February involved a lot of travel around Kyrgyzstan, not an easy transition back to work and life after a month of traveling in Thailand and Malaysia. Almost immediately after getting back to Jalal-Abad, I was back in the capital for a week of training for English teaching volunteers and a few days of committee meetings. I got two weeks to settle and plan for the semester before making another long journey to the north, this time to Issyk-Kul (remember, Hot Lake?) for a training on grant-writing and project design.
Since I was already so far from Jalal-Abad, I decided to extend my stay in Issyk-Kul a few extra days. My trusty travel companion Ethan (with whom I’ve logged the most hours on marshrutkas and planes in K-stan) and I made our way to Karakol, Issyk-Kul’s oblast capital and a pretty dense hub of volunteers. It’s always a treat to visit other volunteers on their home turf, to have an opportunity to see their homes, how they spend their time, and with whom.
We wandered the bazaars in search of plastic flowers, kitchen supplies, and a mirror for Steph, a fellow volunteer who just moved into her own apartment; we ate the best pizza I’ve had in Kyrgyzstan; and we sat for hours in the famous Karakol Coffee. It had the vibe of a real American coffee shop, and it was neat to see the rapport the volunteers have built with the place’s owners. Recently, Olga and Vadim bought Karakol Coffee for their 17-year old daughter, Zhenya; Zhenya manages the place, bakes all the brownies and cakes, and works the counter every day after school.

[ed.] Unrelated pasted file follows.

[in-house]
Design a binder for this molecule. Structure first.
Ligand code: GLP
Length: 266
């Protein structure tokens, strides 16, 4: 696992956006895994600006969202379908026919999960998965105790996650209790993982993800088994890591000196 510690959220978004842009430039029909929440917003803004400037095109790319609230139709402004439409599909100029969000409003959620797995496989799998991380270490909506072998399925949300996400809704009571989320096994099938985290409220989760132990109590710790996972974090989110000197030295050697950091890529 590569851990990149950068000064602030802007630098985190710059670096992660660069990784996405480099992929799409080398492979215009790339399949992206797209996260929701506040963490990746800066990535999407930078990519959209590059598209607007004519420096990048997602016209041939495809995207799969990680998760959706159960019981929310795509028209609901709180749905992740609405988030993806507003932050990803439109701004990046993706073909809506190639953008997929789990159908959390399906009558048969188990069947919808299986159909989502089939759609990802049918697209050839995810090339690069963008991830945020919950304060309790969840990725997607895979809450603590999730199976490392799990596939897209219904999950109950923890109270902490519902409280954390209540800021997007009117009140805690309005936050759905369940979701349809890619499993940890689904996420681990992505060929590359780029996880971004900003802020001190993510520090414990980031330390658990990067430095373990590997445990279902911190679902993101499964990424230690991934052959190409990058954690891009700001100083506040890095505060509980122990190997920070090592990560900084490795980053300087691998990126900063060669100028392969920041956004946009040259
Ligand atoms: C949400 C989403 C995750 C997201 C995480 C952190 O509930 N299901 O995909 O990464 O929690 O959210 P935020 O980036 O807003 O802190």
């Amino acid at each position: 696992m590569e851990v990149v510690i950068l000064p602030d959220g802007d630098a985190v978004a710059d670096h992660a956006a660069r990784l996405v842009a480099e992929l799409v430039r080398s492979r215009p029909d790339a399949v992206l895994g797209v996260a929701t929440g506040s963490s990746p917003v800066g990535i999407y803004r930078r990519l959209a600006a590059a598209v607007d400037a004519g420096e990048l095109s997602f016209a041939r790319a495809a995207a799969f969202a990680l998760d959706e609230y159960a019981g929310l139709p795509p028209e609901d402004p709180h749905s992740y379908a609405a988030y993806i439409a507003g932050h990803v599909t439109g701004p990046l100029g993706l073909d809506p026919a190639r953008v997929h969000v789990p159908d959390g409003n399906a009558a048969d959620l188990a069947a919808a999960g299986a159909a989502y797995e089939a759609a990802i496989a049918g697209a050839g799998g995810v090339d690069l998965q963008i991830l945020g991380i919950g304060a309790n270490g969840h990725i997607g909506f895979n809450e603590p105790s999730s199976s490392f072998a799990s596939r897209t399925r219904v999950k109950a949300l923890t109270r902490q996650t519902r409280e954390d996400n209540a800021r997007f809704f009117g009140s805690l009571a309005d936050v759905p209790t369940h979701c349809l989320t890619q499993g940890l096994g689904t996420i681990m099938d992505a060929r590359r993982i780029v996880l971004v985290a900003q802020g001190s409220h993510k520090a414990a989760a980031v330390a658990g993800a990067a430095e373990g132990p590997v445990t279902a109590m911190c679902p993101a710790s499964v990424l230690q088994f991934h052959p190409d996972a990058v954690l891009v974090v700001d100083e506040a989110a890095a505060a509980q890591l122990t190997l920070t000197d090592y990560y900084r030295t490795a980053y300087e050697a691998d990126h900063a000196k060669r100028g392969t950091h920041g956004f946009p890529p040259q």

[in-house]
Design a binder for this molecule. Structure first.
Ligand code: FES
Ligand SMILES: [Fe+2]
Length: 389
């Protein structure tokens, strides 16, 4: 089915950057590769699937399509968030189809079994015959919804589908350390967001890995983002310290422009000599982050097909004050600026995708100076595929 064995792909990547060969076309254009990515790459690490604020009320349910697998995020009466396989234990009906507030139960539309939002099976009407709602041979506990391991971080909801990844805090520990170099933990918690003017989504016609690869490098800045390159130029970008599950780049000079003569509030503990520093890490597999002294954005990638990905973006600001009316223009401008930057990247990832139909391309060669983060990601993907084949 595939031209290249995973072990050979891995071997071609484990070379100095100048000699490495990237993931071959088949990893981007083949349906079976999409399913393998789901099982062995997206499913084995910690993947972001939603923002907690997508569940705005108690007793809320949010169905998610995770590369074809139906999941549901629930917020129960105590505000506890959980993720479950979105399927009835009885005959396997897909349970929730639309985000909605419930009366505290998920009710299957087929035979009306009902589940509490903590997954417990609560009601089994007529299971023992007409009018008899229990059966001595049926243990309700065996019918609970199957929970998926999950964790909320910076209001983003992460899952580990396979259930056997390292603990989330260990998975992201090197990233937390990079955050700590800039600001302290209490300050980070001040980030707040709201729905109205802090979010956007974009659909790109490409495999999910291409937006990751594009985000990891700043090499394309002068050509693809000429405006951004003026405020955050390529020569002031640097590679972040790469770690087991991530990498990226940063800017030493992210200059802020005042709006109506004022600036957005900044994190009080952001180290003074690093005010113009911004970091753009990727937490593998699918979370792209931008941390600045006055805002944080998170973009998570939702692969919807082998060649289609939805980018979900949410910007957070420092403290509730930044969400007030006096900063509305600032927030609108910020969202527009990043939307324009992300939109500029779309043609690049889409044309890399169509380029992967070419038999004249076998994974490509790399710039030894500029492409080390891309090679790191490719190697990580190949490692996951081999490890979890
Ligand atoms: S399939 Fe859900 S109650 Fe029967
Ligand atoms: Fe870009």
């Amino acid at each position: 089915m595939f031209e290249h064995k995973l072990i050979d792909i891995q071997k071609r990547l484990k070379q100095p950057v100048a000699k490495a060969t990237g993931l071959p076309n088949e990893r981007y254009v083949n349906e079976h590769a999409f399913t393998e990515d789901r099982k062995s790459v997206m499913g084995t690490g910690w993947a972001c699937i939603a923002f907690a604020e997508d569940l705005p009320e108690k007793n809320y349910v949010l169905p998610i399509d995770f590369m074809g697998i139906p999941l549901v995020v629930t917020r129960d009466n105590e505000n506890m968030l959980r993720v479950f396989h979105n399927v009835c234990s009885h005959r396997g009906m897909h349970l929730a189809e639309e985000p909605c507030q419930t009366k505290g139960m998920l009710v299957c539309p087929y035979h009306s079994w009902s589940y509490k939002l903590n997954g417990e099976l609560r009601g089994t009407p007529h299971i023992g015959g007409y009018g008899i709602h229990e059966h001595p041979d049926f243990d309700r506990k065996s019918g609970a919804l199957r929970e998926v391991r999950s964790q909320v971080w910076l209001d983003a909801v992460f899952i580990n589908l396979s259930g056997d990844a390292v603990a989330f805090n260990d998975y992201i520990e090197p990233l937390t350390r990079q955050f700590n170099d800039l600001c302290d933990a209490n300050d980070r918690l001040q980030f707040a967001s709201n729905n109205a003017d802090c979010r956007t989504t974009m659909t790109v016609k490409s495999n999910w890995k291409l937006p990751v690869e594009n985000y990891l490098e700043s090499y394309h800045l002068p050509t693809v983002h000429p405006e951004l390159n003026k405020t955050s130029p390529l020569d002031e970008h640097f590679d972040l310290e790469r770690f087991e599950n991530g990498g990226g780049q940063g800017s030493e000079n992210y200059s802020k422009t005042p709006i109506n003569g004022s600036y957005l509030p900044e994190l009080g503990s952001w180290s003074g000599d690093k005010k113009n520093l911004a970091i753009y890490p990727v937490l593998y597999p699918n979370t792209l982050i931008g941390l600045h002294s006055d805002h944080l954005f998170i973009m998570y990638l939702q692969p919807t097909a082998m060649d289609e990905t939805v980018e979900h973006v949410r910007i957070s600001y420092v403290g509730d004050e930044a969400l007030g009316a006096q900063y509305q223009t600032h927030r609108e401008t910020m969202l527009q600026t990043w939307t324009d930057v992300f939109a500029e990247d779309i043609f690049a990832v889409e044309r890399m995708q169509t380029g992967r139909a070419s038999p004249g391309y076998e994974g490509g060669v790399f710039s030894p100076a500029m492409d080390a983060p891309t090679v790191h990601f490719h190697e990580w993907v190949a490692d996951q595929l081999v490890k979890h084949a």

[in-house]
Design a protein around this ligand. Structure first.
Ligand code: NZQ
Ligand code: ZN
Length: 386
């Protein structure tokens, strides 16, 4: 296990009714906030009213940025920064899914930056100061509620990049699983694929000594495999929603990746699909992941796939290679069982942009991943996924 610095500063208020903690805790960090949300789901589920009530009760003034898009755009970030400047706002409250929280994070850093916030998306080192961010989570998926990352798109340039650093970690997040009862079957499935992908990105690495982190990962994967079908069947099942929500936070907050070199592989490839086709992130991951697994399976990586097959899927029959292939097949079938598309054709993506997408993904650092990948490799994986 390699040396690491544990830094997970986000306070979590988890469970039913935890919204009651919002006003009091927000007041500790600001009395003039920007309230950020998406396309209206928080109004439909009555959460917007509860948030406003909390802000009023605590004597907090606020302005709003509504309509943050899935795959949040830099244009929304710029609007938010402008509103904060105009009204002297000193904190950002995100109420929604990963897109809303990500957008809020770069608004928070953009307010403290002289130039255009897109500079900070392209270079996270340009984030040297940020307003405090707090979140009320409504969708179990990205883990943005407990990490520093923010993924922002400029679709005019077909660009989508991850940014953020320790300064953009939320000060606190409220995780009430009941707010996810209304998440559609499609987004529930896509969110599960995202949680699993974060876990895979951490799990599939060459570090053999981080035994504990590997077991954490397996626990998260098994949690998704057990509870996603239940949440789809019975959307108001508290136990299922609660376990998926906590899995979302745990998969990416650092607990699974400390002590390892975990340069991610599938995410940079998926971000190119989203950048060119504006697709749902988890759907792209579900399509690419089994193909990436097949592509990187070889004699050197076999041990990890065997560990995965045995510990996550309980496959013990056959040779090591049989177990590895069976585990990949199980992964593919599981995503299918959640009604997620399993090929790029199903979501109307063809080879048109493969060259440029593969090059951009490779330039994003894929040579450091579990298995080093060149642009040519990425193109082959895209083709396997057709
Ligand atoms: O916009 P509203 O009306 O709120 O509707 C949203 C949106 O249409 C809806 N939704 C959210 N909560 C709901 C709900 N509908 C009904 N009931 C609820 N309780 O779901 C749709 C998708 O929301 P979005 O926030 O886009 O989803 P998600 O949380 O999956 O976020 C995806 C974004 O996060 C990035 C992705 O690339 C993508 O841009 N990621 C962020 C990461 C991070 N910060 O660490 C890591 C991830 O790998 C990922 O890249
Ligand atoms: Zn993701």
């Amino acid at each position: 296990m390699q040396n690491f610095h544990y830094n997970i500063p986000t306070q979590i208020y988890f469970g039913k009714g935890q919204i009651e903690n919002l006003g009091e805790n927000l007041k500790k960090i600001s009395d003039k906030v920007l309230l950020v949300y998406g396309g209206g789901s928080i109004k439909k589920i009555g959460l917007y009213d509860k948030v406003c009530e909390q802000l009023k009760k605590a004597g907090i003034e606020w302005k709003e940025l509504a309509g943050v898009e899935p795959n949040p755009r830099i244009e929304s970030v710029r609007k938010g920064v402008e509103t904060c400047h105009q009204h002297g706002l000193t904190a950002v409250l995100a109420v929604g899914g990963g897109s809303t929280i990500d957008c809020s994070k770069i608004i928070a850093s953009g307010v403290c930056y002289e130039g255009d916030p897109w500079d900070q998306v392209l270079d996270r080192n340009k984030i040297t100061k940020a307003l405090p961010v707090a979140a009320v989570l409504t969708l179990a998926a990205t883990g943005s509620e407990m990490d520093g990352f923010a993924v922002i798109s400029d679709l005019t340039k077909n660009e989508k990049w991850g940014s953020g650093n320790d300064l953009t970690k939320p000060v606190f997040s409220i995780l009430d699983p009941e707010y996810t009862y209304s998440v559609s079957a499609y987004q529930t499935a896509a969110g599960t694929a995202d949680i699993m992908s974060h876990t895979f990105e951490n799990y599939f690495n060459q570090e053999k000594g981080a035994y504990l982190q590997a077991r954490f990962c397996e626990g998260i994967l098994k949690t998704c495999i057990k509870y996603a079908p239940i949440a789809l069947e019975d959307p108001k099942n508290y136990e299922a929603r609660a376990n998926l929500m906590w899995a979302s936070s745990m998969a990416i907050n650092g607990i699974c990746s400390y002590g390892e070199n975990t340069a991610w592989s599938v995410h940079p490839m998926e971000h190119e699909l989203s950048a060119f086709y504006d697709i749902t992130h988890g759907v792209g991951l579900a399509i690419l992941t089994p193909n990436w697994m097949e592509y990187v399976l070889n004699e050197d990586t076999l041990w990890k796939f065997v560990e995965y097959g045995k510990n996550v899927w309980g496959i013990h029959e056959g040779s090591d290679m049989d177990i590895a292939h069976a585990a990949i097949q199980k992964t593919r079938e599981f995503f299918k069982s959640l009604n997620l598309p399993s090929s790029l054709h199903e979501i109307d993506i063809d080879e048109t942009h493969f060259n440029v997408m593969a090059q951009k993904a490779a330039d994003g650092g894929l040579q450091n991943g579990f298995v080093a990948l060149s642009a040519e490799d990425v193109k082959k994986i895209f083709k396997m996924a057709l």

I especially loved the morning we spent around Karakol’s religious spaces. Steph’s apartment is not too far from a Dungan mosque, famous for being built without any nails. There are two large murals in the space by the door that depict beautiful images of rainbows and the solar system; the accompanying text on both murals is in four languages (Arabic, Kyrgyz, Russian, and English). Karakol’s other religious gem is an old Orthodox church; it’s a huge building, at least by Kyrgyz standards, all weathered wood and intricate trim. We couldn’t take any pictures inside, but the change to stare up at the dome painted with constellations made up for the little boy screaming the whole time we were walking around.
With a mid-afternoon flight from Bishkek on Sunday, I had to leave Karakol on Saturday afternoon. I waited an hour and a half for the marshrutka to Balykchy (Fisherman) to leave, but I made it to the other end of the lake before sundown. I spent the night in Balykchy with two other volunteers, catching up and talking clubs, grants, and summer plans at Smak, the city’s best-known café. The power only went out once and we only had to ask for the check and our change 3 times before calling it a night.
There’s a Russian saying, “В гостях хорошо, а дома лучше,” or in English, “It’s good as a guest, but it’s better at home.” Now that I’m back in Jalal-Abad for good (at least for three weeks before the next Peace Corps training in Bishkek…), I’m excited to dig into work, redevelop a routine, and spend some time with my host family. After spending so many hours at Karakol Coffee, I’ve also got to start networking around Jalal-Abad to find someone who’d be willing and interested to import an espresso machine and lay the groundwork for a real coffee shop…